To get the latest D Line news, subscribe to our newsletter.

Light Rail METRO Blue Line METRO Green Line

Plastic seats being tested on some light rail vehicles 

Posted by Laura Baenen | Tuesday, January 08, 2019 10:21:00 AM

Responding to customer feedback, Metro Transit is trying something new on some Blue Line trains – plastic seats. 

Technicians put plastic seats in the upper seating area of a Blue Line train a few months ago and plan to install them in the same area of several additional trains in the coming months. 

The seating is being swapped out to get a better idea of whether customers prefer plastic to the cloth that is now used across the fleet.

 “The hope is to generate customer feedback and to test the plastic seats for durability and ease of maintenance to help us make an informed decision on whether to potentially pursue a cloth-free option,” said Ryan McTeague, director of light rail vehicle maintenance. 

Customer Relations Manager Pam Steffen said customers frequently suggest plastic seats.

Plastic seats may also be easier to maintain. To sanitize cloth seats, cleaners must remove them, steam them and wait a day for them to dry before reinstalling them.

Crews replaced all the seats on six Green Line vehicles a few months ago. Thousands of seats have been replaced over the past several years. 

In addition to the plastic seats, light rail vehicle maintenance is testing a new fabric with a protective coating that is expected to be more durable and do a better job of keeping the foam underneath it dry. 

Electro-Mechanical Technician Chris Kostohris recently installed new plastic seats on a light rail vehicle at the Blue Line Operations & Maintenance Facility in Minneapolis.

To comment on the plastic seats or the new fabric seats with protective coating, please contact Customer Relations

Star Tribune: Metro Transit testing plastic seats on light rail vehicles

E Line

METRO E Line open houses, surveys provide meaningful feedback 

Posted by John Komarek | Monday, January 07, 2019 10:25:00 AM

The proposed METRO E Line Bus Rapid Transit (BRT) is planned to run between downtown Minneapolis and Lake Street.

Where it goes from there, however, is still being decided. It could connect with the Green Line extension, or it could travel further south. It could connect the U of M to downtown and south Minneapolis.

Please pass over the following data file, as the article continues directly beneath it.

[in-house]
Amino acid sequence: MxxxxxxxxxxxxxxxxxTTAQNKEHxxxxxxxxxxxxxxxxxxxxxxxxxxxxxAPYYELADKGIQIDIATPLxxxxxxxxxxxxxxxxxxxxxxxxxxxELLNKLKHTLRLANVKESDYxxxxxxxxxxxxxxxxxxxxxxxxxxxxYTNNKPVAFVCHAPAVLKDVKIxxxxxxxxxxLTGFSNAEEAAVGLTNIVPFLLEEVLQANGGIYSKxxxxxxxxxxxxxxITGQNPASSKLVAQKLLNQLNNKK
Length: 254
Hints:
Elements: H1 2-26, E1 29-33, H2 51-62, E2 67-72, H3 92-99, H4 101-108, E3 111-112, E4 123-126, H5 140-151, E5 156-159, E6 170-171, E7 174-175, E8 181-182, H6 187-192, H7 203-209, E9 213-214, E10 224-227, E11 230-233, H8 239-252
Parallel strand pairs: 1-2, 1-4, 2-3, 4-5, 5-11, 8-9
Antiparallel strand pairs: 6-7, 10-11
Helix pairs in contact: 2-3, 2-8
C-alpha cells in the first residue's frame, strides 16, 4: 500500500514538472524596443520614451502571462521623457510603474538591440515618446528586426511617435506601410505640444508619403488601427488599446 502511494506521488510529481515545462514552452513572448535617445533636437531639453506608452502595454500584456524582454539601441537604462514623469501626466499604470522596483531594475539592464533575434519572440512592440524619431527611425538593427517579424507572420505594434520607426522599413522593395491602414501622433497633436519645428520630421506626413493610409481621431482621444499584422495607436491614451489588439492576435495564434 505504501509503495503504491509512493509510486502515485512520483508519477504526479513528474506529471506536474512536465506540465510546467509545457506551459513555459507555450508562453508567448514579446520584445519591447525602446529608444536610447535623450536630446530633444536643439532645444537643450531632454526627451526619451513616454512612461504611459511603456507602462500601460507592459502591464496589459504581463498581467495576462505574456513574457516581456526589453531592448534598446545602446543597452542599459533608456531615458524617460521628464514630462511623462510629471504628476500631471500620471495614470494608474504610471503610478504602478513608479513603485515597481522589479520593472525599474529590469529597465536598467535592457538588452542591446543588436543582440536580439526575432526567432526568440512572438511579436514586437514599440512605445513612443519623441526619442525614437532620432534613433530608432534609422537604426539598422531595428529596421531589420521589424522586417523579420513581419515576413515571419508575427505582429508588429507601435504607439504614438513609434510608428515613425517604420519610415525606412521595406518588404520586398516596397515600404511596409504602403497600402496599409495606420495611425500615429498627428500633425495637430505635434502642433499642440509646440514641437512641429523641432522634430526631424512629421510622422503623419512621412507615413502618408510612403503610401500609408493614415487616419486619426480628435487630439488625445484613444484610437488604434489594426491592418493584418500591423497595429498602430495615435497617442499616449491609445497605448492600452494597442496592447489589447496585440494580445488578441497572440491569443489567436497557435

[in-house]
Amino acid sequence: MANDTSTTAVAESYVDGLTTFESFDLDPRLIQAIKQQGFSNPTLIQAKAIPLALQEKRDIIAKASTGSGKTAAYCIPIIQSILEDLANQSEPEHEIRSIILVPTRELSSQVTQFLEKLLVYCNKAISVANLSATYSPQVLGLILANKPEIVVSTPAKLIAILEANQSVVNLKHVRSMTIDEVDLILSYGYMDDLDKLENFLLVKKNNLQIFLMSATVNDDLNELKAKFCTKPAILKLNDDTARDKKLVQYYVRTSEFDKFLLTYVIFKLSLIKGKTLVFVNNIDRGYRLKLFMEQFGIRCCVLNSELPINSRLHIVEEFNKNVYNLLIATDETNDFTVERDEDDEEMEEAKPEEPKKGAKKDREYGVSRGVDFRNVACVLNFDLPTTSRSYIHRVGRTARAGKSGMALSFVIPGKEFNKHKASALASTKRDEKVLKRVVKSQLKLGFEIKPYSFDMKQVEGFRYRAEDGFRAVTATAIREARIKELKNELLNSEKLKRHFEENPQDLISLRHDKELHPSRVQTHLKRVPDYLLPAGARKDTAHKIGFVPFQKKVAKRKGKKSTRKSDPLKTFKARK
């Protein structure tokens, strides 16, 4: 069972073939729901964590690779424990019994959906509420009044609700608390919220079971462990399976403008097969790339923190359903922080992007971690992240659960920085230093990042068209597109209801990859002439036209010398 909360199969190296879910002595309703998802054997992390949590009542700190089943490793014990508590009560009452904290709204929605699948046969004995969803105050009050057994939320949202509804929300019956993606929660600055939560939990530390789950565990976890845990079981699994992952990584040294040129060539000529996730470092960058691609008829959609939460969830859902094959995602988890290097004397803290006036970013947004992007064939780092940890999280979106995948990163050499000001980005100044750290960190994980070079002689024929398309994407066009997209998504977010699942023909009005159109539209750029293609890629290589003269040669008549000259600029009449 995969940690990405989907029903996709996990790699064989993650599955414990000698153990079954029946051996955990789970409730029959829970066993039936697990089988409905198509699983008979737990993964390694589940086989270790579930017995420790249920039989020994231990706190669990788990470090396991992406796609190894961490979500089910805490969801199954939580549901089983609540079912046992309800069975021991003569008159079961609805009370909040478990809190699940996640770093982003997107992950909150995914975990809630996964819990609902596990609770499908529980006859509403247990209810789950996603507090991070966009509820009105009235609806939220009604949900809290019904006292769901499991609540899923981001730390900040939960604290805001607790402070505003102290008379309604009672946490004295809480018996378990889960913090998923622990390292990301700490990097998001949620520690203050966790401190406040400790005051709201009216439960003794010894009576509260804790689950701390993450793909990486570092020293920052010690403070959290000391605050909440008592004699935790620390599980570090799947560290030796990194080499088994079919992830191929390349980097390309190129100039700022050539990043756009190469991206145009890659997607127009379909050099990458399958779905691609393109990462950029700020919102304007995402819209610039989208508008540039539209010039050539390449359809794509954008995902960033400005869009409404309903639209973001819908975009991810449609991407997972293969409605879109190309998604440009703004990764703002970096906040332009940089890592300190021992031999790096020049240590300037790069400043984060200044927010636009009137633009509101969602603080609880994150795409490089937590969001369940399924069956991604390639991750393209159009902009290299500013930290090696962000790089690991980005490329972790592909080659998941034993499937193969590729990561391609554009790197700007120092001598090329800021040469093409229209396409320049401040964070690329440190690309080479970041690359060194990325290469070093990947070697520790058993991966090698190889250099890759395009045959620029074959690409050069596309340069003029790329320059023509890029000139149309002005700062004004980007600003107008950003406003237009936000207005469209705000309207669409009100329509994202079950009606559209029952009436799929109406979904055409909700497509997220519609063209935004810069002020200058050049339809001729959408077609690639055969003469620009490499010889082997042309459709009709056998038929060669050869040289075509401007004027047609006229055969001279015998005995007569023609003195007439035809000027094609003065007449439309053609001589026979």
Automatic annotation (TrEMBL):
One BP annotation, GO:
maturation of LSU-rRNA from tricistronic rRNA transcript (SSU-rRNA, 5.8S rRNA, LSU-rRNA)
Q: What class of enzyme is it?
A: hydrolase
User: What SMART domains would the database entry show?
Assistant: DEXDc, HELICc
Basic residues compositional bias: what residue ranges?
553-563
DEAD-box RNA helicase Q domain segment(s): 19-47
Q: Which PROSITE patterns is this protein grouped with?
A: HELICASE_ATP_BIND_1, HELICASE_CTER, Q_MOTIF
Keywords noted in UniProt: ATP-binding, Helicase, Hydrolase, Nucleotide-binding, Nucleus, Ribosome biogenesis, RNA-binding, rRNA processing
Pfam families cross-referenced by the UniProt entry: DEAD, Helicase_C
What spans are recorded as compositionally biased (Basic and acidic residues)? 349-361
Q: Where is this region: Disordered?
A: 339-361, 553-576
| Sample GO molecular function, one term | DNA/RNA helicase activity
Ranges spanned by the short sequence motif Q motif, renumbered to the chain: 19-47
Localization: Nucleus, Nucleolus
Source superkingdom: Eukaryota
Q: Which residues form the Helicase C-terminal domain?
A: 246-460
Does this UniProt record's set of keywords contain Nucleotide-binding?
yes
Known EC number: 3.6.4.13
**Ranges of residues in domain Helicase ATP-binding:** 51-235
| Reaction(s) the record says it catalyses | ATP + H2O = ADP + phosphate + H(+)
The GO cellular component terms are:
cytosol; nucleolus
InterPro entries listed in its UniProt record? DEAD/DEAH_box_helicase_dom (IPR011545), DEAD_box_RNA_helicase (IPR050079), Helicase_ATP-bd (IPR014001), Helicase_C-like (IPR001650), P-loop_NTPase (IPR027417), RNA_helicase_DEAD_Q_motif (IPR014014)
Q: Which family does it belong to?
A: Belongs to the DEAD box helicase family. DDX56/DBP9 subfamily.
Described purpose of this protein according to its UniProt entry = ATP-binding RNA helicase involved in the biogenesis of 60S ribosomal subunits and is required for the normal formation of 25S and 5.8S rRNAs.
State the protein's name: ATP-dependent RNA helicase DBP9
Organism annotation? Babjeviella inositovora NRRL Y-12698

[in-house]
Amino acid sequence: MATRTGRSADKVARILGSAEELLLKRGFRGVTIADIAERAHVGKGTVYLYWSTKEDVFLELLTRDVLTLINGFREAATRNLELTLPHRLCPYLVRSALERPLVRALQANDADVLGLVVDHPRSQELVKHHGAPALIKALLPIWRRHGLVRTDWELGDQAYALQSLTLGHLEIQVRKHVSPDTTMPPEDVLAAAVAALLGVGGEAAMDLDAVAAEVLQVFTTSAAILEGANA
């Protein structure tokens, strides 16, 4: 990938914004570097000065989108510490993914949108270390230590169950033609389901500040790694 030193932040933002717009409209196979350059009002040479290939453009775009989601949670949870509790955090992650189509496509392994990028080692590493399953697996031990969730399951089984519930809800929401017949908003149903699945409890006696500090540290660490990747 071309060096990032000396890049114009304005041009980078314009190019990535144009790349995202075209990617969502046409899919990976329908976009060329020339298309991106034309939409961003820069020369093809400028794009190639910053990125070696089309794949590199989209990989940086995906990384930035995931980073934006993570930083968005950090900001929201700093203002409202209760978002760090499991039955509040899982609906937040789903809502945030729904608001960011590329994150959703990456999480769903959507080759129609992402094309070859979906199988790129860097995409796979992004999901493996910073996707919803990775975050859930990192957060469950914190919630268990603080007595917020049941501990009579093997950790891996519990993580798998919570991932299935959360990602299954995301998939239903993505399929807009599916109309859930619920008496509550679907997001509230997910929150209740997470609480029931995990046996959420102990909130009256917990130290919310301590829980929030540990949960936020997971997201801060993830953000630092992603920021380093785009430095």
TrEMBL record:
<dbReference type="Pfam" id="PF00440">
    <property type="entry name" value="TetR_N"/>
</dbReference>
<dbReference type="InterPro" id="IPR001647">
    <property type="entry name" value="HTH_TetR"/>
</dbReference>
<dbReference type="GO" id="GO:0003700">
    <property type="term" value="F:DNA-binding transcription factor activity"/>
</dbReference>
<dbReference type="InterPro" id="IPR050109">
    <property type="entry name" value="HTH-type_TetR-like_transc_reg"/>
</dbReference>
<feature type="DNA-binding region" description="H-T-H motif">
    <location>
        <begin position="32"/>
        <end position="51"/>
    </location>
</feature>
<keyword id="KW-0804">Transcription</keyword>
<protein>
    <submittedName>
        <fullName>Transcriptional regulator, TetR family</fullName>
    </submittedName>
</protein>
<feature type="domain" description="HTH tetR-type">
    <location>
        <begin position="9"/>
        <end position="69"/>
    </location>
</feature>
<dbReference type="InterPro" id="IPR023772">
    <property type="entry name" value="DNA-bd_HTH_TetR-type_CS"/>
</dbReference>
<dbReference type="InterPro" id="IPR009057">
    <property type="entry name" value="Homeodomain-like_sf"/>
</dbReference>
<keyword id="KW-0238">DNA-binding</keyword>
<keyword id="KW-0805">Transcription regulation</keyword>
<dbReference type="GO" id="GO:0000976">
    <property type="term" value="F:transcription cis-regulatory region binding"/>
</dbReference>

“We’re dedicated to finding out what will make BRT work best in the communities it serves,” Supervisor of Public Involvement Sophia Ginis said. “An important step in that process is getting community feedback.”

At two open houses in the affected corridors and in an online survey, community members provided feedback for a route that would serve than 118,000 people  in Minneapolis and Edina.

More than 550 transit users and community members responded with 90 percent of the online survey responders representing regular riders and 75 percent of them who live or work in the corridor.

Online and in-person feedback supported a northbound routing along 4th Street and University Avenue SE that serves the University of Minnesota with numbers between 80-100 percent in favor.

"Extending the E Line is incredibly important to our neighborhood because of the significant population increase in Marcy-Holmes over the past decade,” Chris Lautenschlager, Executive Director of the Marcy-Holmes Neighborhood Association said. “These new residents—as well as the long-time residents that have lived here for decades—want the convenience that the E Line offers."

Southbound, respondents favored a terminus at the Southdale Mall, however, they were split on which road should take them there: France Avenue, Xerxes Avenue, or a combination of both.

Metro Transit will continue evaluating potential E Line routing options, including ongoing public outreach and engagement, throughout 2019. A final recommendation is planned for fall of 2019.